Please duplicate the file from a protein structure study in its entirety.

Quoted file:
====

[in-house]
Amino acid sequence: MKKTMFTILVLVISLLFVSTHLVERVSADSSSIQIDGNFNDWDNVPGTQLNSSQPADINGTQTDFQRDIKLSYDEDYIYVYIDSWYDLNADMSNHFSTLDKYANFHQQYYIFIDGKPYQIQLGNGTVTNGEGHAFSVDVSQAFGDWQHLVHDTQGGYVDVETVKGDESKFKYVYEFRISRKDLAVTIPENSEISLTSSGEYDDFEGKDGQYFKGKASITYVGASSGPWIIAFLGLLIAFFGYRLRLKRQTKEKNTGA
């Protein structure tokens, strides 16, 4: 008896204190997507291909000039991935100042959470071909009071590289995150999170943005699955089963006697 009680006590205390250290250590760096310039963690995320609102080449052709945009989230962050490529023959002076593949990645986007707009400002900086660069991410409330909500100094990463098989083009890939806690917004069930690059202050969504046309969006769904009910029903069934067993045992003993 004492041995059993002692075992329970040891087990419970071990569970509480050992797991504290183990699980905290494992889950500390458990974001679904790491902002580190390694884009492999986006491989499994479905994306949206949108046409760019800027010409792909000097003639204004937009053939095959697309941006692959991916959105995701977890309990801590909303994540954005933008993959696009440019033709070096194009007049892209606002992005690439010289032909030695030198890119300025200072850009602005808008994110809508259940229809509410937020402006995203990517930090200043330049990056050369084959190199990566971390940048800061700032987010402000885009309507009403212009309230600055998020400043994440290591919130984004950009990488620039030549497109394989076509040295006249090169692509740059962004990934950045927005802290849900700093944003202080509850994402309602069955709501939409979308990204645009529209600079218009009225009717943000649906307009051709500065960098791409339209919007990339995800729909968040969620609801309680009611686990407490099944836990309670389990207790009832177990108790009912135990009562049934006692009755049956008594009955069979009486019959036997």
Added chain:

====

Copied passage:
[in-house]
Amino acid sequence: MKKTMFTILVLVISLLFVSTHLVERVSADSSSIQIDGNFNDWDNVPGTQLNSSQPADINGTQTDFQRDIKLSYDEDYIYVYIDSWYDLNADMSNHFSTLDKYANFHQQYYIFIDGKPYQIQLGNGTVTNGEGHAFSVDVSQAFGDWQHLVHDTQGGYVDVETVKGDESKFKYVYEFRISRKDLAVTIPENSEISLTSSGEYDDFEGKDGQYFKGKASITYVGASSGPWIIAFLGLLIAFFGYRLRLKRQTKEKNTGA
């Protein structure tokens, strides 16, 4: 008896204190997507291909000039991935100042959470071909009071590289995150999170943005699955089963006697 009680006590205390250290250590760096310039963690995320609102080449052709945009989230962050490529023959002076593949990645986007707009400002900086660069991410409330909500100094990463098989083009890939806690917004069930690059202050969504046309969006769904009910029903069934067993045992003993 004492041995059993002692075992329970040891087990419970071990569970509480050992797991504290183990699980905290494992889950500390458990974001679904790491902002580190390694884009492999986006491989499994479905994306949206949108046409760019800027010409792909000097003639204004937009053939095959697309941006692959991916959105995701977890309990801590909303994540954005933008993959696009440019033709070096194009007049892209606002992005690439010289032909030695030198890119300025200072850009602005808008994110809508259940229809509410937020402006995203990517930090200043330049990056050369084959190199990566971390940048800061700032987010402000885009309507009403212009309230600055998020400043994440290591919130984004950009990488620039030549497109394989076509040295006249090169692509740059962004990934950045927005802290849900700093944003202080509850994402309602069955709501939409979308990204645009529209600079218009009225009717943000649906307009051709500065960098791409339209919007990339995800729909968040969620609801309680009611686990407490099944836990309670389990207790009832177990108790009912135990009562049934006692009755049956008594009955069979009486019959036997």
Added chain: